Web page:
Exhibitions are a tool, not the result. Art should open up for a democratic dialog and rethink the ‘ordinary’ exhibition practises. Martha Rosler: “art make difference to a social movement only when it is made in cognizance of those movements.” . Exhibition making can be a model of resistance, a tool and not the result.
The forth presentation in our Sculpture Lecture series focused on art and disabilities and the exhibition “Re/Formations: Disability, Women, and Sculpture”. Professor of English at Davidson College, Dr. Ann M Fox and Jessica Cooley, Ph.D. candidate in the art history department at the University of Wisconsin-Madison presented their research and field of crip theory, disability aesthetics, and the presence of disability in modern and contemporary art (including the art of HIV/AIDS).
They started off by giving the audience an introduction to the academic field of disability theory and described the social structures surrounding disabilities, the status of bodies, traditional narratives and oppressive behaviors. They laid out the history of disability studies and grounding this in visual culture, such as medical photography in the 1900 century which played a huge role in the stigmatization of the disable identity, art and visual culture connects directly to categorization and the caption and policing of bodies and normality.
Further they talked about how art and visual culture also can be used the other way around, to break stigmas and challenge the normative narratives, and thereby create a liberating platform to create new identities and power. Within this context they presented their exhibition “Re/Formations: Disability, Women, and Sculpture” that they co-curated at the Van Every/Smith Galleries at Davidson College, North Carolina. “Re/Formations” was the first exhibition to address the intersection between disability identity and female identity. Five female artists, exhibited sculpture that examined disability not as mental or physical insufficiency limited to a small minority, but as a widespread and diffuse cultural identity, like race or sexual orientation. The interesting thing to note in this was that not all the artist identify as disabled, Fox and Cooley gave us a thought worthy explanation to why: As we have a pre-fixed idea of normality we have to change our gaze and understand that it is about the reading of the work and the idea of the body. The body itself doesn’t have to be disabled but the work can in an interesting way question normality and body abilities that makes it possible to read through the eyes of disability theory. In this case Rebecca Horn. Together with the art of Judith Scott, who’s disability informs her art we can access a way to produce and understand art from a new direction. To take this idea further and not get stuck in conventional ideas of normality, their immediate curatorial strategy was designed to be tactile, manageable and accessible, by making space for wheel chairs, using bigger fonts and having the work in a height where it was accessible. This way of designing an exhibition got praised by not only wheel chair users but also by people standing because it helped the exhibition to become more intimate.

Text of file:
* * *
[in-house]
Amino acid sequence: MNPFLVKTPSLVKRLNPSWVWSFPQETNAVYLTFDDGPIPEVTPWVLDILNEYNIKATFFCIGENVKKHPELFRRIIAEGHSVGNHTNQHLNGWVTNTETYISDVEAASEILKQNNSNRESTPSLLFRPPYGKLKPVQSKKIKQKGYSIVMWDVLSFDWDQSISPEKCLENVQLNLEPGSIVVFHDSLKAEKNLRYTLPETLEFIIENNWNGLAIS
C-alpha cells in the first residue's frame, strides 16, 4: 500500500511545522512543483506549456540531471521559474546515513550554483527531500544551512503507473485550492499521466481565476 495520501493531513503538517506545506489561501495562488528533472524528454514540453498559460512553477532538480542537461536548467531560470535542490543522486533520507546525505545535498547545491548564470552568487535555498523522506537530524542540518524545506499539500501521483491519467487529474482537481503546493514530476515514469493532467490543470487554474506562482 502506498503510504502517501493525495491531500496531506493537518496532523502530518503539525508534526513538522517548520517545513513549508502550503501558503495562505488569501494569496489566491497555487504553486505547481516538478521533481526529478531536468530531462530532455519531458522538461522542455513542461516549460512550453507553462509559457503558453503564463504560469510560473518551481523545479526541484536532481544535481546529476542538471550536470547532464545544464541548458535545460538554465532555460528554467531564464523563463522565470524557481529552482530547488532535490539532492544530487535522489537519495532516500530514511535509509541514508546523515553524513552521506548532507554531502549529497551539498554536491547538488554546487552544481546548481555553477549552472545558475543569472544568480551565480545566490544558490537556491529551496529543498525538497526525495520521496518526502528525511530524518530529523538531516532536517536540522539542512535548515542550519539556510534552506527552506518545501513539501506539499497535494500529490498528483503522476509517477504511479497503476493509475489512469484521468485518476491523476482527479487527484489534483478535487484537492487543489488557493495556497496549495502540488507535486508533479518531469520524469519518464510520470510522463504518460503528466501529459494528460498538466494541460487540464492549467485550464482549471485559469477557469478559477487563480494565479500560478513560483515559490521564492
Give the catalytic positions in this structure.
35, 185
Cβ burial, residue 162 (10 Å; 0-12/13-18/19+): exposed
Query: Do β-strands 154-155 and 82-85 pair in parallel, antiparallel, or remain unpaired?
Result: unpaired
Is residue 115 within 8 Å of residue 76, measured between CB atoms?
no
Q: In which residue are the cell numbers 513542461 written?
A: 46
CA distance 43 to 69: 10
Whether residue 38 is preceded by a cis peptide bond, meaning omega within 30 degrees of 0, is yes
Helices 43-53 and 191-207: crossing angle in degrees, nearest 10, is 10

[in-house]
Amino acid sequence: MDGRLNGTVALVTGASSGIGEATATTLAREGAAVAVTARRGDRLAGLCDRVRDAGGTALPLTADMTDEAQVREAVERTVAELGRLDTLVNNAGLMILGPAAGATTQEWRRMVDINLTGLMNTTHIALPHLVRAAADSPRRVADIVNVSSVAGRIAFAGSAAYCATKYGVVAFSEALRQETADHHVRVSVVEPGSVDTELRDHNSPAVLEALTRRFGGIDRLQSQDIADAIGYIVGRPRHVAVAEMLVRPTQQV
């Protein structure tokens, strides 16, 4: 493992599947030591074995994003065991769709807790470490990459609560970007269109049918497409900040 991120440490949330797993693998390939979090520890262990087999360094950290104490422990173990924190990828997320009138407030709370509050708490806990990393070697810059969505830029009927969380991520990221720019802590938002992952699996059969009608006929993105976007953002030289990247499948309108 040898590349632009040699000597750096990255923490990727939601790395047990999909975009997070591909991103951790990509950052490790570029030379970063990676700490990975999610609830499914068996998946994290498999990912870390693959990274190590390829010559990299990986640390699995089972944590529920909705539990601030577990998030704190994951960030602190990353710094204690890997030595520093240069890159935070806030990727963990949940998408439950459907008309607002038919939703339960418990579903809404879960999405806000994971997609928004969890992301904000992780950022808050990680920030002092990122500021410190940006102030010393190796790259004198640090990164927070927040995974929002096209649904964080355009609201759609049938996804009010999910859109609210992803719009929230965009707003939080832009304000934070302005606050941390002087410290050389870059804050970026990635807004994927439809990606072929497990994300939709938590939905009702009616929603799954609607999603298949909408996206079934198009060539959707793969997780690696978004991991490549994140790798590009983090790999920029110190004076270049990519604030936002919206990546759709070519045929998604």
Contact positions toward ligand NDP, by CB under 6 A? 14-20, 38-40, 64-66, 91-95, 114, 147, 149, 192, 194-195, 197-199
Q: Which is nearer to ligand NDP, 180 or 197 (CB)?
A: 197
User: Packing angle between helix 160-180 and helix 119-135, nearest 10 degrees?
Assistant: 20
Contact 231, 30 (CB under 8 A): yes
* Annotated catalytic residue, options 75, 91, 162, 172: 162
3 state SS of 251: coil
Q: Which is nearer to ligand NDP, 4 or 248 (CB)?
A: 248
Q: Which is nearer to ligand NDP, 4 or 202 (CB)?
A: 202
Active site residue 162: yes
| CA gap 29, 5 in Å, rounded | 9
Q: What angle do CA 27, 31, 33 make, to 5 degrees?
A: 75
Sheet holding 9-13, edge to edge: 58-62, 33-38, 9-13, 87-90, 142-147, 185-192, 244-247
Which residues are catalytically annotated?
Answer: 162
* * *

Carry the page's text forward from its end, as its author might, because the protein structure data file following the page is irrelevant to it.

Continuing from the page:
Fox and Cooley ended their talk by presenting the exhibition Re/presenting HIV/AIDS, an exhibition about the scientific and social perspectives on the illness. This exhibition included personal stories of HIV/AIDS – how is it to live with AIDS and what does the medicine do to the people who’s on them? What follows from diagnosis and treatment?
This interesting presentation was followed by a Q&A where questions about terminology and abelism was discussed, Fox and Cooley described for us how terminology can be used as a reclaiming of a word. They spoke about abelism which is, like sexism, a way to structurally or directly oppress individuals based on their abilities. They also answered question about invisible disabilities such as depression and ADD, how we have historically portrayed the artist as hysterical or mad, and usually as something negative that needs to be healed and fixed instead of realizing that this invisible disability can have helped to make their art possible. In relation to all-women-shows we asked questions about labeling and categorization and realized the importance of explaining, contextualizing and understanding the categories outside of an oppressive framework.
Text by Sofia Landström